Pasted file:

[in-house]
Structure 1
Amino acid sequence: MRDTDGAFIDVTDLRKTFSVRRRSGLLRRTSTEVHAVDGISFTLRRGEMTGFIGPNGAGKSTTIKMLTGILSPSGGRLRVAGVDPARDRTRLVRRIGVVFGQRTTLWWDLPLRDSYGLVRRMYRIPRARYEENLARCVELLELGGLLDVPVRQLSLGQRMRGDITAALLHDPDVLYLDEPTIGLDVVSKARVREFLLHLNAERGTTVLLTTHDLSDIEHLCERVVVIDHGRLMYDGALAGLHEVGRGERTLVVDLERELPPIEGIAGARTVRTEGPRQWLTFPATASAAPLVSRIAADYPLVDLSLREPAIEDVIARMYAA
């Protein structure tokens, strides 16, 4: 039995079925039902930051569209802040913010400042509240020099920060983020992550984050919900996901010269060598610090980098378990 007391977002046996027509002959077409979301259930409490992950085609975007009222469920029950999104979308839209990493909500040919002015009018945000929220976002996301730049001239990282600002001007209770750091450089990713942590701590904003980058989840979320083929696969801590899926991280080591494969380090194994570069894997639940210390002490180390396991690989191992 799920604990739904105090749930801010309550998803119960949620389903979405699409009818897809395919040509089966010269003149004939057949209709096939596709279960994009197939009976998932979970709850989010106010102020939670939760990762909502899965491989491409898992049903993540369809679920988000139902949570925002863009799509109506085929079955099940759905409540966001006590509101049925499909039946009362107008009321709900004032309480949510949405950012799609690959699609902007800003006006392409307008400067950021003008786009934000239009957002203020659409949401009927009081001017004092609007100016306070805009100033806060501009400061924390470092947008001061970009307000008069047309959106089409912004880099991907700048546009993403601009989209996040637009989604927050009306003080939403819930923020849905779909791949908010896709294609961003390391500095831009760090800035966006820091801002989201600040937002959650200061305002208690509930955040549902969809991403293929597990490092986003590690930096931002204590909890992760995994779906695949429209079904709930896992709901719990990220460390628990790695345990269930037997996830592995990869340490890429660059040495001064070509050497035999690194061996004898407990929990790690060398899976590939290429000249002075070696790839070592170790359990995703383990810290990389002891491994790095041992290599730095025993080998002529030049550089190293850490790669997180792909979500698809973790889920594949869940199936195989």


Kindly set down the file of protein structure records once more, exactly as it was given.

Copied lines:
[in-house]
Structure 1
Amino acid sequence: MRDTDGAFIDVTDLRKTFSVRRRSGLLRRTSTEVHAVDGISFTLRRGEMTGFIGPNGAGKSTTIKMLTGILSPSGGRLRVAGVDPARDRTRLVRRIGVVFGQRTTLWWDLPLRDSYGLVRRMYRIPRARYEENLARCVELLELGGLLDVPVRQLSLGQRMRGDITAALLHDPDVLYLDEPTIGLDVVSKARVREFLLHLNAERGTTVLLTTHDLSDIEHLCERVVVIDHGRLMYDGALAGLHEVGRGERTLVVDLERELPPIEGIAGARTVRTEGPRQWLTFPATASAAPLVSRIAADYPLVDLSLREPAIEDVIARMYAA
């Protein structure tokens, strides 16, 4: 039995079925039902930051569209802040913010400042509240020099920060983020992550984050919900996901010269060598610090980098378990 007391977002046996027509002959077409979301259930409490992950085609975007009222469920029950999104979308839209990493909500040919002015009018945000929220976002996301730049001239990282600002001007209770750091450089990713942590701590904003980058989840979320083929696969801590899926991280080591494969380090194994570069894997639940210390002490180390396991690989191992 799920604990739904105090749930801010309550998803119960949620389903979405699409009818897809395919040509089966010269003149004939057949209709096939596709279960994009197939009976998932979970709850989010106010102020939670939760990762909502899965491989491409898992049903993540369809679920988000139902949570925002863009799509109506085929079955099940759905409540966001006590509101049925499909039946009362107008009321709900004032309480949510949405950012799609690959699609902007800003006006392409307008400067950021003008786009934000239009957002203020659409949401009927009081001017004092609007100016306070805009100033806060501009400061924390470092947008001061970009307000008069047309959106089409912004880099991907700048546009993403601009989209996040637009989604927050009306003080939403819930923020849905779909791949908010896709294609961003390391500095831009760090800035966006820091801002989201600040937002959650200061305002208690509930955040549902969809991403293929597990490092986003590690930096931002204590909890992760995994779906695949429209079904709930896992709901719990990220460390628990790695345990269930037997996830592995990869340490890429660059040495001064070509050497035999690194061996004898407990929990790690060398899976590939290429000249002075070696790839070592170790359990995703383990810290990389002891491994790095041992290599730095025993080998002529030049550089190293850490790669997180792909979500698809973790889920594949869940199936195989």